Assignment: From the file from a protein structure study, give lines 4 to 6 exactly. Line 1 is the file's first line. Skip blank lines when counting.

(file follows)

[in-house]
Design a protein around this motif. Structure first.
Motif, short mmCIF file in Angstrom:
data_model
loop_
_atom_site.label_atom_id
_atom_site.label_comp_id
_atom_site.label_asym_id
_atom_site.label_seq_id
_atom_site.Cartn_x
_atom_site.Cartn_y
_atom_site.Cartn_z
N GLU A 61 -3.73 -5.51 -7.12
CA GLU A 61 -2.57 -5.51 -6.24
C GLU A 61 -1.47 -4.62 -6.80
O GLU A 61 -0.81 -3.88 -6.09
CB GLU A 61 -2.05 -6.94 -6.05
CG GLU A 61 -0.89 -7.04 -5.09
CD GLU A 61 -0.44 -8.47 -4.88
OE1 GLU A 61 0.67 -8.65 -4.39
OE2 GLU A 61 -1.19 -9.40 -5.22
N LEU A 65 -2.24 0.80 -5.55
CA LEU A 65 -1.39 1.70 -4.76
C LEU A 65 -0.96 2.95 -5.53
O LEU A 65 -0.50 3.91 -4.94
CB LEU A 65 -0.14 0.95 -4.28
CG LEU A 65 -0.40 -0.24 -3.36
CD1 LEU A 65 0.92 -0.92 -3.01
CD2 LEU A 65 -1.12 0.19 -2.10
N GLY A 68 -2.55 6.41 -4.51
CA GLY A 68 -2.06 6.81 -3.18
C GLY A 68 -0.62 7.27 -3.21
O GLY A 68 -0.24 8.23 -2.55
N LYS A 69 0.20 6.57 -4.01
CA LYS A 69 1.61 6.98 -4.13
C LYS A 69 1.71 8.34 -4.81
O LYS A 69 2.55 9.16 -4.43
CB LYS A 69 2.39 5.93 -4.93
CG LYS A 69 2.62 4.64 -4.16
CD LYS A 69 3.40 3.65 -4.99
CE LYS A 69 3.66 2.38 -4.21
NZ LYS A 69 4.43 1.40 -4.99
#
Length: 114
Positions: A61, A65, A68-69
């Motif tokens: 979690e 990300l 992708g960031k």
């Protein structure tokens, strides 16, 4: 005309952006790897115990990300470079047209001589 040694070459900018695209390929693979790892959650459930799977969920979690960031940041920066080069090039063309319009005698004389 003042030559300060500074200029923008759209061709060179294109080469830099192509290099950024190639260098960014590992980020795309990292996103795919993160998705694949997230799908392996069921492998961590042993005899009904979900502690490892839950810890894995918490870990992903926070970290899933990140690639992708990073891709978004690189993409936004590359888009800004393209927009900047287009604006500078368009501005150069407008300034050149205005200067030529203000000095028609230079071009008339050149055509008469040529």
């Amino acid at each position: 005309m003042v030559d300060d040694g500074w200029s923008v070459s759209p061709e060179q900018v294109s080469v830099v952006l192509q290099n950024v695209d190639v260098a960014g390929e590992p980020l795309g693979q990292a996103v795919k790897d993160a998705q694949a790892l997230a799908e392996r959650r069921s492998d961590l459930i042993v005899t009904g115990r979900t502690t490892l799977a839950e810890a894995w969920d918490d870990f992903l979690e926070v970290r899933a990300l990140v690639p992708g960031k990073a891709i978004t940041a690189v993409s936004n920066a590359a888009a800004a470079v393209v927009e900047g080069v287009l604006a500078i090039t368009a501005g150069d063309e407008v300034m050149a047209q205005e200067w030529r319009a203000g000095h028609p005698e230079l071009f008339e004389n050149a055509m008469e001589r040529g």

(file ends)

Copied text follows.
data_model
loop_
_atom_site.label_atom_id